Creekmore states that as Americans, we are conditioned to "expect more and more and more." Any fast-food menu or department store lets us know that bigger is best. All meals are super-sized, and America's most popular shopping spots are the ones with three stories or more of merchandise. Even the amount of weight on a person can be measured by Creekmore's advertising barometer. In every cartoon, political or otherwise, the "one-percenters" are always depicted as crude, gluttonous, and overweight. The other "99 percent" are thin and bony, showing that their poverty is more than just social status. This "more, more, more" mentality Creekmore describes is precisely why a thin and wiry CEO does not have the same psychological impact as an obese CEO. "[W]e are constantly conditioned to purchase our pleasure," and everything that we are "amount[s] to the material that we have accumulated throughout our lives" (Creekmore). People with a true appreciation for nature or something that is not man-made or store-bought are demonized. They can be called anything from a hippie to a communist. This mindset is the reason advertisers can get away with subliminally demeaning their prospective buyers because blunt force is preferred over calm suggestion. In America, image is everything, but what is on the inside is what truly matters.

The contradicting values portrayed through media do nothing to provide an answer to Creekmore's question. "Our government and society constantly pay lip service to traditional values[,]" he claims. True, there is always an allotted amount of space for traditional values in every political speech. The old proverb "Money can't buy happiness" is passed down through generations in every household. But, Creekmore points out, "at the same time, our government and society are set up to perpetuate another ideal entirely. Buy.… Purchase all those products…that promise to make us happy, truly happy." In today's fast-paced society, traditional values are dismissed as antiquated: "old school." Is traditional really better? Who knows? Values have been so thoroughly twisted that differentiating modern from traditional is near impossible. Similarly, the definition of happiness has also been obfuscated. The government says that happiness is ignorance-a pill taken once a day. Mass media claims that happiness is the newest iPhone, along with a shiny new Lexus and a steak dinner. Happiness has become simply another item to sell, and its value depends on how much is in your bank account. Simply put by Creekmore: "We are lost."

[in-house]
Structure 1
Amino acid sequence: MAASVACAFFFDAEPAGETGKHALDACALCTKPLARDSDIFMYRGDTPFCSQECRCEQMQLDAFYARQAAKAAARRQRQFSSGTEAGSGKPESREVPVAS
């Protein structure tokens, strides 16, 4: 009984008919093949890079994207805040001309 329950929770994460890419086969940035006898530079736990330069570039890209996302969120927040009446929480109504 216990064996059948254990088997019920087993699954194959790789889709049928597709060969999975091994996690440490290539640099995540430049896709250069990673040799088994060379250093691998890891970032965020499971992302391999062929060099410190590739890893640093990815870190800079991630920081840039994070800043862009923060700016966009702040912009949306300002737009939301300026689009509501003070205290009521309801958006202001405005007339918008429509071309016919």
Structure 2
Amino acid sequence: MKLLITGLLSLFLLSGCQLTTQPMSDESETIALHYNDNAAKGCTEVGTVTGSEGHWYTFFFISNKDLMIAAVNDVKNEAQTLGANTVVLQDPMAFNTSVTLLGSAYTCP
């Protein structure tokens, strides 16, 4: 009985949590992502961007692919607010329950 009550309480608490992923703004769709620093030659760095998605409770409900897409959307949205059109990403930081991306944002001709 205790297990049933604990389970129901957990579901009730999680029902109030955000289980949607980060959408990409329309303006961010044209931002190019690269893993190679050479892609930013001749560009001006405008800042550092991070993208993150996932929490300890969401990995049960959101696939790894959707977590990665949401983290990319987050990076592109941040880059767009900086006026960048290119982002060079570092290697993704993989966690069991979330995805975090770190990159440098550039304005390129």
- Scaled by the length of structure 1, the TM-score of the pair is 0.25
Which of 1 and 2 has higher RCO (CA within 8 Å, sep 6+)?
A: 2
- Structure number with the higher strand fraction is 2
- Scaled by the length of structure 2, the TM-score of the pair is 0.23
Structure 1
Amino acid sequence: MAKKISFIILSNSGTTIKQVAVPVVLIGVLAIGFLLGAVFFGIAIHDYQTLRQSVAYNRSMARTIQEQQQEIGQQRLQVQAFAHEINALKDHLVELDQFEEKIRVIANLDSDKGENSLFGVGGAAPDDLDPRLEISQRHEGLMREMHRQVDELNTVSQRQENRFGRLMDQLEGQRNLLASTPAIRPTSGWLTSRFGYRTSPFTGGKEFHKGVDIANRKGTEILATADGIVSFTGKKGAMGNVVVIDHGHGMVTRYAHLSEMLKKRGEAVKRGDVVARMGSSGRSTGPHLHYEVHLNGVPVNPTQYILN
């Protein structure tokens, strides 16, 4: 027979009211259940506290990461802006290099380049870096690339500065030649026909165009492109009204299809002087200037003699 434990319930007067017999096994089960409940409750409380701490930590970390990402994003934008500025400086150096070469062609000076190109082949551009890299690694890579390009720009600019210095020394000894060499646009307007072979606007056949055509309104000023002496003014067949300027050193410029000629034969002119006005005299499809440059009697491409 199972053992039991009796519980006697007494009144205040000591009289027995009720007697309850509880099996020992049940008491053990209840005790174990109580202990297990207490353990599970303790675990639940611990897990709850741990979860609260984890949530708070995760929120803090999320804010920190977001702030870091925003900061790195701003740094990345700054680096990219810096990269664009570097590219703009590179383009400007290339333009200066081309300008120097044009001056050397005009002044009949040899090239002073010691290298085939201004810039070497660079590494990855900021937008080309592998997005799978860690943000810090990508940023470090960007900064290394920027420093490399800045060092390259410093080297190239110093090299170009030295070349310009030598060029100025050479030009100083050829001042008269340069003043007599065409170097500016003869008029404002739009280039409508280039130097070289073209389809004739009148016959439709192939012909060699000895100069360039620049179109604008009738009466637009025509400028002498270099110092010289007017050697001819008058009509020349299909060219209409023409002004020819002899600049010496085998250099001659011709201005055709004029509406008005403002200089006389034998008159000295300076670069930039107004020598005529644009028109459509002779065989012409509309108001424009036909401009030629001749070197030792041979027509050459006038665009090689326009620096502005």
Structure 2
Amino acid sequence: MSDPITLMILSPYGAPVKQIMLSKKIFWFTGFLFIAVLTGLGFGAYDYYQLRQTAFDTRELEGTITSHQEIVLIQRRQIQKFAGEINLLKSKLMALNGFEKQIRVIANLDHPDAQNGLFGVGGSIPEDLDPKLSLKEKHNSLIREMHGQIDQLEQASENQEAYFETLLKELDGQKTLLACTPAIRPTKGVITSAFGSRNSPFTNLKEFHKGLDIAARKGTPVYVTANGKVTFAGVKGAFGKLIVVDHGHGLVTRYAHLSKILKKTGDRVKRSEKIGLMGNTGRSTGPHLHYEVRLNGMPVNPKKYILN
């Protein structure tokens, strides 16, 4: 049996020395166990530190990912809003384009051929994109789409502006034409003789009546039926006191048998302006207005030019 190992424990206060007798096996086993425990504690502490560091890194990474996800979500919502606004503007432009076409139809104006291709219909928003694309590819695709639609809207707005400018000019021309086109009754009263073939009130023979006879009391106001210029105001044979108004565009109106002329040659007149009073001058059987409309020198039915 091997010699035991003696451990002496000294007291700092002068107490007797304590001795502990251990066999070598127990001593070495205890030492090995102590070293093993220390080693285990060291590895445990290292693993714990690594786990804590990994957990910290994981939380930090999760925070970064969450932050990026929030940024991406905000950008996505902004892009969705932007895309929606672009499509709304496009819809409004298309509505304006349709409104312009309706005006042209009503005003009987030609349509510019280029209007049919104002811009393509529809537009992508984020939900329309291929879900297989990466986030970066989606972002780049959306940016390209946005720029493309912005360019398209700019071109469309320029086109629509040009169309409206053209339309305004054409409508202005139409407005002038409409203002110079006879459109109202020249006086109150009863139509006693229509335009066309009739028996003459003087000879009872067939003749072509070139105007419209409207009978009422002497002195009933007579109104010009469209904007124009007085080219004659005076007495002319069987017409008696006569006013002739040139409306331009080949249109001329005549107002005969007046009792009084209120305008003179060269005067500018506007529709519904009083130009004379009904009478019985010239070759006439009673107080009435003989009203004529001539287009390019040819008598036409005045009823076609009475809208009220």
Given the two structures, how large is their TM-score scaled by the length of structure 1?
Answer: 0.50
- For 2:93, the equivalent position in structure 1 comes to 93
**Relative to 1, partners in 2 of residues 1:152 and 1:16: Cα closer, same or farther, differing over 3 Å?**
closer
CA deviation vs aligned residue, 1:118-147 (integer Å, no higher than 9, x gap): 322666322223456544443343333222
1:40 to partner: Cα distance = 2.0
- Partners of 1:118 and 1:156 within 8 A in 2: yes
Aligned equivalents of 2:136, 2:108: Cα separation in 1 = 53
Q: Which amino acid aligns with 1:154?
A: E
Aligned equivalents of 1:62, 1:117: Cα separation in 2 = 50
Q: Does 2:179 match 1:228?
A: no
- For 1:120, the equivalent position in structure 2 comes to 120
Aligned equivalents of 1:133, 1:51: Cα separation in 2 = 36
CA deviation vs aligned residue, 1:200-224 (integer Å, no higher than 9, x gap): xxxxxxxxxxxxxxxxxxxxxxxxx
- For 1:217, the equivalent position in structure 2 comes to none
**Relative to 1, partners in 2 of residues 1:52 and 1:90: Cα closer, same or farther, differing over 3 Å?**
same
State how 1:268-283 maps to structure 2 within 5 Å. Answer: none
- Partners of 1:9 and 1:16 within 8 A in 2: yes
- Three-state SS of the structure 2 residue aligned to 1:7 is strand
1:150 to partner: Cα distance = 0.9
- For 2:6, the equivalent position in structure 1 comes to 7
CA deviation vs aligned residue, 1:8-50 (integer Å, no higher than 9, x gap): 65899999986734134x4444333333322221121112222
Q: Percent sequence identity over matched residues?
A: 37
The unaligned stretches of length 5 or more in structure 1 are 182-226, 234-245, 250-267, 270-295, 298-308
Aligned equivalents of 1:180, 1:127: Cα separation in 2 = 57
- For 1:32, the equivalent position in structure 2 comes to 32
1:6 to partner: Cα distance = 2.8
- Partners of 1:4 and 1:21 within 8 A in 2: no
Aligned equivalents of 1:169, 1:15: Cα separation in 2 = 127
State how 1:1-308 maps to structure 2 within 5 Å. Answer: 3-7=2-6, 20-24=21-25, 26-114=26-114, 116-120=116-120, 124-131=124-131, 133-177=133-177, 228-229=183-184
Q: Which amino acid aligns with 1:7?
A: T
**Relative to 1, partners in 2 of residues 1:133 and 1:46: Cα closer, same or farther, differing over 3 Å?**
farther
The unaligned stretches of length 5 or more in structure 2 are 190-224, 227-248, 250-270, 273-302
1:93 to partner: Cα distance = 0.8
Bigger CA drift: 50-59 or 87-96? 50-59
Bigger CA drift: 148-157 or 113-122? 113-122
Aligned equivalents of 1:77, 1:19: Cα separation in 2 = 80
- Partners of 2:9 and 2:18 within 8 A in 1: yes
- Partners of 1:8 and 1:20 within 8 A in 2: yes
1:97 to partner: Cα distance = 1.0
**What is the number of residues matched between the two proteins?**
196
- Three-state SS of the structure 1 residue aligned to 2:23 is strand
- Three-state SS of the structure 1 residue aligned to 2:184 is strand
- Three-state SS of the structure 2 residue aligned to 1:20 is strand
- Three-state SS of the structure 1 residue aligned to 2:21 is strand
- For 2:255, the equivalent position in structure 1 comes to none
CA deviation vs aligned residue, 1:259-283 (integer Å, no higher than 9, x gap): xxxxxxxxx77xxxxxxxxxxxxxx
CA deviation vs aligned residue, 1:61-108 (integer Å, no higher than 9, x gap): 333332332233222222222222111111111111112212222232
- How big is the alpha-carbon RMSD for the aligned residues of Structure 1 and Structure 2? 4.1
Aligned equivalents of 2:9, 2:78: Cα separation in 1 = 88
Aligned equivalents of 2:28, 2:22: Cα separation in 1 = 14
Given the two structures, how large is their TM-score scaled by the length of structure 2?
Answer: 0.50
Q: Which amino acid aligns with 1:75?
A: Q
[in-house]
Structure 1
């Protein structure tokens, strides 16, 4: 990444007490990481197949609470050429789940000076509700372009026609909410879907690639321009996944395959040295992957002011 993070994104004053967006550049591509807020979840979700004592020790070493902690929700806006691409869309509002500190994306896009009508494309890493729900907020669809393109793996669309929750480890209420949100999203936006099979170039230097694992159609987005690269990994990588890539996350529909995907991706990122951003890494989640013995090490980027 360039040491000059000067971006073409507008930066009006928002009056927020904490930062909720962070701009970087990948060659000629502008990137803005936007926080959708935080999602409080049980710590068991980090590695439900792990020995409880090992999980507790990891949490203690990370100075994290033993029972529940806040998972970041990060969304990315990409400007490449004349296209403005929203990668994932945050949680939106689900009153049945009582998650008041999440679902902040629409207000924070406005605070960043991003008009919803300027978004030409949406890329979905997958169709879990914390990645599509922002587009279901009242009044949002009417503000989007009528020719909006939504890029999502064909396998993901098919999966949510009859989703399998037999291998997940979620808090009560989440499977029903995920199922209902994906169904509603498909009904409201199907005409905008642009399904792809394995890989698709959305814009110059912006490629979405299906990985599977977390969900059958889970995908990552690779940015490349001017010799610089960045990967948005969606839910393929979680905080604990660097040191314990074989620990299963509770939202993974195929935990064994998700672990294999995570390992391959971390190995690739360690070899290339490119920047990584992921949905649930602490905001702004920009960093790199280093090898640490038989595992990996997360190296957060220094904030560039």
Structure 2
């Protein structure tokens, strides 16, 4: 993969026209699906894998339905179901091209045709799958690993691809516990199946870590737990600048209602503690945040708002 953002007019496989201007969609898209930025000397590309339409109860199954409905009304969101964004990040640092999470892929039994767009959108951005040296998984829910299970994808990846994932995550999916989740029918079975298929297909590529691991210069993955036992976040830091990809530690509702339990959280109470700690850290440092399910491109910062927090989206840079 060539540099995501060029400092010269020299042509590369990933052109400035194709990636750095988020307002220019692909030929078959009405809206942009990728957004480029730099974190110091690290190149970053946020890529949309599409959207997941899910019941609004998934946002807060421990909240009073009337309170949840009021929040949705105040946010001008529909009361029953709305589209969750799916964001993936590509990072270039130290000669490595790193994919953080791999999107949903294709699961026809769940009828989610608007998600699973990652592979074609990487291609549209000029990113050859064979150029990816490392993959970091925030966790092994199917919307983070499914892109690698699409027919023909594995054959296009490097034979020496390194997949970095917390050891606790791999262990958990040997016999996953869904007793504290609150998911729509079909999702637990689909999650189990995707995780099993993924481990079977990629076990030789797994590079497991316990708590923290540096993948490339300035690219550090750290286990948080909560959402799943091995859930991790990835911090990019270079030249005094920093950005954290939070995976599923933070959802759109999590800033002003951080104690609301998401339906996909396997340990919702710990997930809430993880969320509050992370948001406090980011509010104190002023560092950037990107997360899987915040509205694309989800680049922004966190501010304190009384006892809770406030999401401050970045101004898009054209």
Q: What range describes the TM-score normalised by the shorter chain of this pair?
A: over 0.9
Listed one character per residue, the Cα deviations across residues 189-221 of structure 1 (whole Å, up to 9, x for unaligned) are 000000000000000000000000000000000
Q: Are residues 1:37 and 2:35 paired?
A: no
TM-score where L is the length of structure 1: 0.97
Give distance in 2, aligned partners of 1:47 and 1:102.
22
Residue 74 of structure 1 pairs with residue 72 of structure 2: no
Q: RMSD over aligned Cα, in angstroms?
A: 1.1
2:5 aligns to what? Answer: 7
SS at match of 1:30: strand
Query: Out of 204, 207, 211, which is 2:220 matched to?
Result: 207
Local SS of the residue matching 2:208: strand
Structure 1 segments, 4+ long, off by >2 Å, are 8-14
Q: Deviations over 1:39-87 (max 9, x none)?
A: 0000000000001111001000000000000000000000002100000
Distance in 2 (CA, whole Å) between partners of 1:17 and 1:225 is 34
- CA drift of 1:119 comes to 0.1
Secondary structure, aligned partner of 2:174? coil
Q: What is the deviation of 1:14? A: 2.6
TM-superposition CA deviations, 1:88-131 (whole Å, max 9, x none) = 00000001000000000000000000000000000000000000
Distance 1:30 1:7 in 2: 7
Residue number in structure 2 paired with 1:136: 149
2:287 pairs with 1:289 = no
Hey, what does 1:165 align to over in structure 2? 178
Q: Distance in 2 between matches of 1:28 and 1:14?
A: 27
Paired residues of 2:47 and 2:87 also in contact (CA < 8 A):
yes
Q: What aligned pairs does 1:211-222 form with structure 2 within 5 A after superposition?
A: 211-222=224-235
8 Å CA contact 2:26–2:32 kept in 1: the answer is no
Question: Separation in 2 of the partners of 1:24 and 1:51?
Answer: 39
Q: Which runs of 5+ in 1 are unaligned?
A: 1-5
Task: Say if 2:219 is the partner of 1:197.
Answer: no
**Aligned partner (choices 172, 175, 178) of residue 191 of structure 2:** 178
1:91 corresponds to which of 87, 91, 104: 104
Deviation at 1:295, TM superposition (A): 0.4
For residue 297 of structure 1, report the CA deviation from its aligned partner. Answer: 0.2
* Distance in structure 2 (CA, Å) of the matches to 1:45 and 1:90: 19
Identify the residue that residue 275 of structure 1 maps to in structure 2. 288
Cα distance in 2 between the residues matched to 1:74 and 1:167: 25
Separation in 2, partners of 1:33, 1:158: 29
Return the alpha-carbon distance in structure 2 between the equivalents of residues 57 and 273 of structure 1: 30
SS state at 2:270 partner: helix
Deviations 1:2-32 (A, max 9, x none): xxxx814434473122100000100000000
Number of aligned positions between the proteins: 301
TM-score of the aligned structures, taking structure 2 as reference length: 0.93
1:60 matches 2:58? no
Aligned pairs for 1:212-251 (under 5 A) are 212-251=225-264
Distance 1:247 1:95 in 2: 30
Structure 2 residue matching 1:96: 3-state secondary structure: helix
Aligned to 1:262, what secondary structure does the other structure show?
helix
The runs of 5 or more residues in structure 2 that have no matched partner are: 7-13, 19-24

Creekmore asks us, "What is it that really counts?" Counting is a national obsession. American life thrives on quantity, despite the fact that there are only two denominations: "more," and "bigger." On occasion, you may get "extra," like that thirteenth Twinkie in the dozen you paid for. And that may make you happy for a while. But nothing lasts forever, and once you run out of things to buy, what will you have left? The unquenchable thirst for more. Creekmore's essay is a warning to all of us that unless we put down the plastic and unplug, we will die without ever knowing or appreciating things like grass beneath bare feet, a true friend, "the ability to create in [our] own way" (Creekmore): the things that never cost us a single penny.

Work Cited

Creekmore, Charlie. "Too Much of Nothing." Chico News & Review 22 Nov. 1988: n. pag. Print.